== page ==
Authors: Violetta Rand
Tags: #Fiction, #Romance, #Historical, #General
Table of Contents
SOUL MATE PUBLISHING
Books by Violetta Rand
THE BLIND SERIES
Cover Design by Fiona Jayde
This book is a work of fiction. The names, characters, places, and incidents are the products of the author’s imagination or are used fictitiously. Any resemblance to actual events, business establishments, locales, or persons, living or dead, is entirely coincidental.
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To my husband, Jeff—
I love your warrior’s heart…
Much love to my husband, Jeff.
Thanks again to Soul Mate Publishing (Debby) and my wonderful editor, Cynthia Brannam, for believing in Vikings.
My deepest appreciation to Victoria Vane for cracking the whip, Kelly Graham, Meredith Mix, Carol Cork, Collette Cameron, Jessica Jefferson, Rudy Nino, J.J., Daniel Skrzynski, and Shaun Tebo. Listening is the greatest gift you can give a writer.
The Standing Stones north of the Trondelag, Norway
AD 1066 (after the Battle of Stamford Bridge)
Aaron McNally stood at the center of the weathered stones representing the nine worlds of the gods of Norsemen. Legends held that Norwegian kings prostrated themselves before Odin on this consecrated ground before going into battle. The ancient place reeked of wet earth and death. Inches of snow covered the ground and a bitter wind howled across the clearing. Ravens circled overhead, two landing on the closest stones. The nearest one cried out. Aaron swore he heard the creature utter,
Perhaps he was.
He wore nothing but leather breeches and boots. His skin stung from prolonged exposure. He gritted his teeth. This hardship must be endured to purge the White Christ from his body.
burned heretics, while
relied on fire and ice for ritualistic purification—not death.
A true Christian wouldn’t beg for Odin’s mercy and protection
But Aaron’s heart had never been fully invested in the Church.
Asgard, Vanaheim, Alfheim, Midgard, Jotunheim, Nidavellir, Svartalfheim, Hel, and Niflheim
.” He spoke each name reverently, pledging fealty.
A hermit priest resided in a hovel built between the sixth and seventh stones—a great prophet to some, an executioner to others. His long white beard and hunched back revealed his age and wisdom. “Kneel,” he commanded, while he anointed Aaron’s head with fragment oil poured out from a ram’s horn.
Aaron obeyed. Two days after he’d been exiled from his cousin’s lands for betrayal, he realized salvation could only be attained through conversion. The sacraments had failed to keep him undefiled. His soul had grown blacker every day, his heart cold as stone. Envy and strife had dominated his life for far too long.
riest continued, “Renounce the day of your birth and reject the water of baptism. Embrace fire and ice, the foundations of Allfather’s universe. Believe only in those things that draw you to his breast: strength, ferocity, magnitude, bravery, loyalty, victory, honesty, passion, and love.”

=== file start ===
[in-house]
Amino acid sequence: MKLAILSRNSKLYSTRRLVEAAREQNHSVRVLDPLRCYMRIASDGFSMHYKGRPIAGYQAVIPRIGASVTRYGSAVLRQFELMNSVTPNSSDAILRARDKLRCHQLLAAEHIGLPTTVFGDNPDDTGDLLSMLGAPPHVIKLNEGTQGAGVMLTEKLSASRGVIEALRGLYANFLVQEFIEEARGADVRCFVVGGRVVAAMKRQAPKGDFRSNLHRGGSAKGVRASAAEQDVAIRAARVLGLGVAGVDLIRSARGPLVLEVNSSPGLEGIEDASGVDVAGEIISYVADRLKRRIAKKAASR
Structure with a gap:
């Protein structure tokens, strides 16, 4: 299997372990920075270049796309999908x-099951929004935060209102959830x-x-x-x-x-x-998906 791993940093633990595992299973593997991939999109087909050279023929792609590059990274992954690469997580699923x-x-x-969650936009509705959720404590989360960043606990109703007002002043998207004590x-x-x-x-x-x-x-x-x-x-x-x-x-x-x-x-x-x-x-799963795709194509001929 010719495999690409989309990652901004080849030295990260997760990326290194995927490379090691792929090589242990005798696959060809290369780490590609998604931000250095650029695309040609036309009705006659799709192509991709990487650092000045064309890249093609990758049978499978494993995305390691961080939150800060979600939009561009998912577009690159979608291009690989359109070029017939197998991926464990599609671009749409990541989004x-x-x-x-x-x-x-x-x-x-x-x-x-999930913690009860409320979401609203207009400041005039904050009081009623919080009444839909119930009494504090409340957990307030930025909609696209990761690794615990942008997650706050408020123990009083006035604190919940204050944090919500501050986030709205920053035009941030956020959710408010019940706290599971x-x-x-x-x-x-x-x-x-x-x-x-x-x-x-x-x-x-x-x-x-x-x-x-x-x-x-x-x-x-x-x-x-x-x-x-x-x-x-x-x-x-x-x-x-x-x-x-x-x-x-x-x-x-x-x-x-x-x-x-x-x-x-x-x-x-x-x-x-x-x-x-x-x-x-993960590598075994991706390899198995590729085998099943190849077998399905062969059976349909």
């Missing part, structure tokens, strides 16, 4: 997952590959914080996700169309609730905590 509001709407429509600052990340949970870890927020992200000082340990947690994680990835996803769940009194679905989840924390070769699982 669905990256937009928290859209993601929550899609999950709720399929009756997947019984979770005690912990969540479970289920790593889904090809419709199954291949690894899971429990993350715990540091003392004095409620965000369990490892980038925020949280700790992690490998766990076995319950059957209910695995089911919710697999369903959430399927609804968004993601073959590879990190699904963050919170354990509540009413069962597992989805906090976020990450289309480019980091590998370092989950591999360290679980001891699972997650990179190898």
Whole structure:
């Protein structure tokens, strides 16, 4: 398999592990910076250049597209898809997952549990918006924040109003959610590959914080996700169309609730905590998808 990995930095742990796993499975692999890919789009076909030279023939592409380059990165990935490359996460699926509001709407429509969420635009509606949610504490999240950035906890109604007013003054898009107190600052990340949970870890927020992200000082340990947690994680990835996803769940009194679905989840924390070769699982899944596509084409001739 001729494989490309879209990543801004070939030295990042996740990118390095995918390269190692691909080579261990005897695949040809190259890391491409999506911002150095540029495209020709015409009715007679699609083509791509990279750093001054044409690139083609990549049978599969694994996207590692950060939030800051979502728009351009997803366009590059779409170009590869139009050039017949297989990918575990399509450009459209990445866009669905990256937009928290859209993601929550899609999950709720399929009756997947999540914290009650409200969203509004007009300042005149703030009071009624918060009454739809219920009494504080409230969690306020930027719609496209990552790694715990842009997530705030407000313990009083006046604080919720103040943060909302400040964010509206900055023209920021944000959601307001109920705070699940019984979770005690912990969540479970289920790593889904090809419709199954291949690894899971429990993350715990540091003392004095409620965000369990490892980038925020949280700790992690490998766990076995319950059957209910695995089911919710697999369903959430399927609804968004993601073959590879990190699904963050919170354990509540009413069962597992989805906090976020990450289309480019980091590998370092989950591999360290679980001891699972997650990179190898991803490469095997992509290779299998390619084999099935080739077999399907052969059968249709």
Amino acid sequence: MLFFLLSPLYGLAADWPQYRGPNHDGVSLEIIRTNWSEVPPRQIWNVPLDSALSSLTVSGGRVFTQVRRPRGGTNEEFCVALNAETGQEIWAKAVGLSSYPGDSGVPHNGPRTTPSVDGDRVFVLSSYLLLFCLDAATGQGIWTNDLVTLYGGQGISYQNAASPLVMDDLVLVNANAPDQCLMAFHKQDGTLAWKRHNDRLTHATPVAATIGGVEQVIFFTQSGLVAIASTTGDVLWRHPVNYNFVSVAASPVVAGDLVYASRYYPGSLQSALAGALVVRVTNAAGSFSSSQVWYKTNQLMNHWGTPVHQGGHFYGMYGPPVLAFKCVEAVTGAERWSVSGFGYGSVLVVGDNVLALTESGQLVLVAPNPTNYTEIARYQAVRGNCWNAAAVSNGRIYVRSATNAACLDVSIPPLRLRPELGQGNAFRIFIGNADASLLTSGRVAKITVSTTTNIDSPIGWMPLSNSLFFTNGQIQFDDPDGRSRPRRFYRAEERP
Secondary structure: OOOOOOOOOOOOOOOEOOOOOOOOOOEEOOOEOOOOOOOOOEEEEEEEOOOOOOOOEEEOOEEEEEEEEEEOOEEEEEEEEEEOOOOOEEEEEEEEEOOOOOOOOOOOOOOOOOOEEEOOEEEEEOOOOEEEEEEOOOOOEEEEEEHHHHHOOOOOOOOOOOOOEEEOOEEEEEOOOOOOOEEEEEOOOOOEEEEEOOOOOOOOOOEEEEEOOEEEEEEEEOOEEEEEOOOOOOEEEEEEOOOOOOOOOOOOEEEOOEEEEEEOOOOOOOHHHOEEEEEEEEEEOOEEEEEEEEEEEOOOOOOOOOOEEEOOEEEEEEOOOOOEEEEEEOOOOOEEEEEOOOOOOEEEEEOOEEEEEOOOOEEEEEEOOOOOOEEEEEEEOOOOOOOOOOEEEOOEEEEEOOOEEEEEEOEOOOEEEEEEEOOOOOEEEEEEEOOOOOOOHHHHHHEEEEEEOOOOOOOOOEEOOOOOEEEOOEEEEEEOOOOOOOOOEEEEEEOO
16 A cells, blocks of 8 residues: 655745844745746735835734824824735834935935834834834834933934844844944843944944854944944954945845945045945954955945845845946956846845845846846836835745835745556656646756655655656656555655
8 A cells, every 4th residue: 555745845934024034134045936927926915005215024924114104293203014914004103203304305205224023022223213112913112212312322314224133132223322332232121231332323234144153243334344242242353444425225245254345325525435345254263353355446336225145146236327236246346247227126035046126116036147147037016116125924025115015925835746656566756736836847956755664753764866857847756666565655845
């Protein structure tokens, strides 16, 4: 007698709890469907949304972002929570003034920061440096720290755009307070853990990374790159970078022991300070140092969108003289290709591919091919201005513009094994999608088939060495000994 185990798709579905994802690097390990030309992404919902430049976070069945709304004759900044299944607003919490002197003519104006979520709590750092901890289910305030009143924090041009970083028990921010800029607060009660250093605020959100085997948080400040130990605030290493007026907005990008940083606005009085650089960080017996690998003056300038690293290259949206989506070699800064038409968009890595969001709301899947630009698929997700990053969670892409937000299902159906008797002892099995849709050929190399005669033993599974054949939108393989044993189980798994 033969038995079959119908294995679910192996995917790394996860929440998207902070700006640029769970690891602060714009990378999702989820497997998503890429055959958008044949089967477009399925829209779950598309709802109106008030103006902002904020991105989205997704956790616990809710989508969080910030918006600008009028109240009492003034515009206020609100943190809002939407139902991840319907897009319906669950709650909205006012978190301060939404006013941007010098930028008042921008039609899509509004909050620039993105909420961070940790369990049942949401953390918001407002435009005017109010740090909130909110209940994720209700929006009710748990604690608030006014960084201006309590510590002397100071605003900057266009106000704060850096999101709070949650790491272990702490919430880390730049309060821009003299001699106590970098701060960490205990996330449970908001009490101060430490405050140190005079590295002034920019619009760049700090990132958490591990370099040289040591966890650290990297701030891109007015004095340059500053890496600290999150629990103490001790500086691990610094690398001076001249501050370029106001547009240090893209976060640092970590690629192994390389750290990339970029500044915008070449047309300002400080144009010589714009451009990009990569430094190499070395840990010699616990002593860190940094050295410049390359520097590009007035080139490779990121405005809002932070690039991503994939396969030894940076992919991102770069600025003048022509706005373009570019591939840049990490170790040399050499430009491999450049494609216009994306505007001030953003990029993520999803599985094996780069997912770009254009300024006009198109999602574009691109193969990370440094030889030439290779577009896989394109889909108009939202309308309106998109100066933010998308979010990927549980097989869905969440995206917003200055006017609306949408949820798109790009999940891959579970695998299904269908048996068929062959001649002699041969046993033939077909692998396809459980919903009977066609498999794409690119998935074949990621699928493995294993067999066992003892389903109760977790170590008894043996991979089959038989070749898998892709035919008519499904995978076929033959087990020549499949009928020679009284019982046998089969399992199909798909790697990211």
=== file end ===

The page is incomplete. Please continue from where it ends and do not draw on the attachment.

Aaron’s heart thundered as he focused on the horizon. He blocked out the sound of the priest’s voice and anything else that interfered with his thoughts. He found comfort in the silence. Then, an indescribable sensation shot through him. Not pain, but it left him numb and speechless. The holy man whispered something in a language he didn’t understand. His gaze followed the priest’s movements. He’d been counseled that Odin would make himself known to a true repentant. Something warmed his blood. Perhaps Allfather’s acceptance of a new servant.
Once the priest completed his incantations, he retrieved two gold coins from his tunic, then handed them to Aaron. He closed his fist tightly around them.
“Remember Odin’s generosity. You no longer belong to the White Christ. You are a son of Norway now. Someday, when you least expect it, that gold will buy your freedom. This is Odin’s message—Allfather protects his own.”
This was the moment he’d waited for? Days in the cold? Hours of isolation and mental fatigue? Aaron cursed under his breath. Numb from head to toe, he stood up, then scanned the ground. Bundles of hay ringed the stones. He watched the priest limp to a small fire pit, then light the torch he held. Next, he walked to the closest bail and touched the flame to it. He repeated this action eight more times. As the flames leaped up, Aaron deposited his coins into a small compartment in his weapon belt, then unsheathed his knife. He awaited further instruction.
en fødsel. Et liv for et liv. Borte er de dagene av feighet din. I dag ser du en ny verden. Odins verden. Der menn er født og dø for å forherlige hans navn. Leve godt, dø ærefullt,”
the priest called.
One death—a birth. A life for a life. Gone are the days of your cowardice. Today you see a new world. Odin's world. Where men are born and die to glorify his name. Live well, die honorably.
Live well, die honorably,”
Words no Christian priest had ever spoken to him. Could a man really shed his old life and be reborn? Whatever god he kneeled to, Aaron needed to believe in something,